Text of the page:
Historically, ungulate populations have been intensively managed (Wright 1999). Interactions between the extraction regimes employed, environmental variability and over-compensatory density dependence adds another level of complexity that has practical consequences to successful management (Wright 1999, Milner et al. 2006). For example, desert bighorn sheep (Ovis Canadensis Shaw), has undergone strong management pressures as a consequence of its conservation status and the limited number of wild populations (Bleich, Wehausen & Holl 1990; Torres, Bleich & Wehausen 1994). Re-introductions into historical ranges have been widely implemented with little or no knowledge about the species’ tolerance to environmental variability and the strength of its density-dependent interactions.

Such has been the case of the bighorn sheep population on Tiburon Island, Mexico, which was initially introduced in 1975 with the expectation that it could become a source to repopulate the species’ historical range in Sonora and other states (Montoya & Gates 1975). The Island had important advantages over the mainland in that it provided the ideal habitat for the species and all major predators were absent, particularly mountain lions. The population grew from 16 to around 700 individuals in less than 20 years (Lee & Lopez-Saavedra 1993) and, after 1996, was subjected to considerably uneven yearly extractions, which seemed to have an important influence in its dynamics (see Table 1; Lee 2001; Medellin et al. 2005). Since two of the three major causes of mortality for the species are absent for this population, namely predation (Hayes et al. 2000; Festa-Bianchet et al. 2006) and diseases (Gross, Singer & Moses 2000), it is most likely affected by food quality and availability determined by droughts (Young 1994; Epps et al. 2004).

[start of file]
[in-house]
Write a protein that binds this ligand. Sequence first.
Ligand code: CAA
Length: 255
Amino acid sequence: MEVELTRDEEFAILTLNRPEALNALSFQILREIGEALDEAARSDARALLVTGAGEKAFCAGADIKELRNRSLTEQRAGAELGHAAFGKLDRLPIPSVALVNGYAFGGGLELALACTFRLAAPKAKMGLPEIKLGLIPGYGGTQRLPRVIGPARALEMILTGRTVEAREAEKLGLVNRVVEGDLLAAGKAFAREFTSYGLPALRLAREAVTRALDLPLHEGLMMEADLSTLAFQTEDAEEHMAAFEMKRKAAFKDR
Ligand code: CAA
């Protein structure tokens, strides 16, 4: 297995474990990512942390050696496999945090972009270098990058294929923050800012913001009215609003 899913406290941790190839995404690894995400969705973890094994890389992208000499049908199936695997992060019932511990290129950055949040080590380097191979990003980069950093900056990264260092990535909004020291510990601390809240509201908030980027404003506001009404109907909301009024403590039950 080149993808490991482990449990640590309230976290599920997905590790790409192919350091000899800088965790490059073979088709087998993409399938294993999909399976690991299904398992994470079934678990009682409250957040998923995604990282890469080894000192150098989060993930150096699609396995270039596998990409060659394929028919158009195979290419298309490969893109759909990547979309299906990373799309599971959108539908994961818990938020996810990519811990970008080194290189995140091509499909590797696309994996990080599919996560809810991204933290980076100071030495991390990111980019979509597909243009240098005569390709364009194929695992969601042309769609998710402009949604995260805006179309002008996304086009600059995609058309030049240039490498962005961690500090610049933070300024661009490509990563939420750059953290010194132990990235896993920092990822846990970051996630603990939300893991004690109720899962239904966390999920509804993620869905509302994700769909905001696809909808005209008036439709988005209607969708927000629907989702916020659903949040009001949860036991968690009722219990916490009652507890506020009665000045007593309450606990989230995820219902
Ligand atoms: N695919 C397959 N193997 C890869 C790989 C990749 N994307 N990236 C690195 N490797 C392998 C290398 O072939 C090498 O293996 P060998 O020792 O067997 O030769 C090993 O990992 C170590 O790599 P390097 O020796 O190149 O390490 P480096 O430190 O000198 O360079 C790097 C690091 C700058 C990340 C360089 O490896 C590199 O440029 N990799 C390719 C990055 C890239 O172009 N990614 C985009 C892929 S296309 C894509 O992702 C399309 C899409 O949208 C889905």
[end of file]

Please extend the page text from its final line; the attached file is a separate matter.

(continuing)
Table 1.  Number of hours flown (hour), sheep sighted per year, and number of sheep extracted during survey years
YearHours flownSheep countedSheep extracted
19750·0*160
19843·0**450
19934·72930
19964·528716
19974·122760
19983·32150
19993·0130129
20013·92187
20035·13068
20063·73668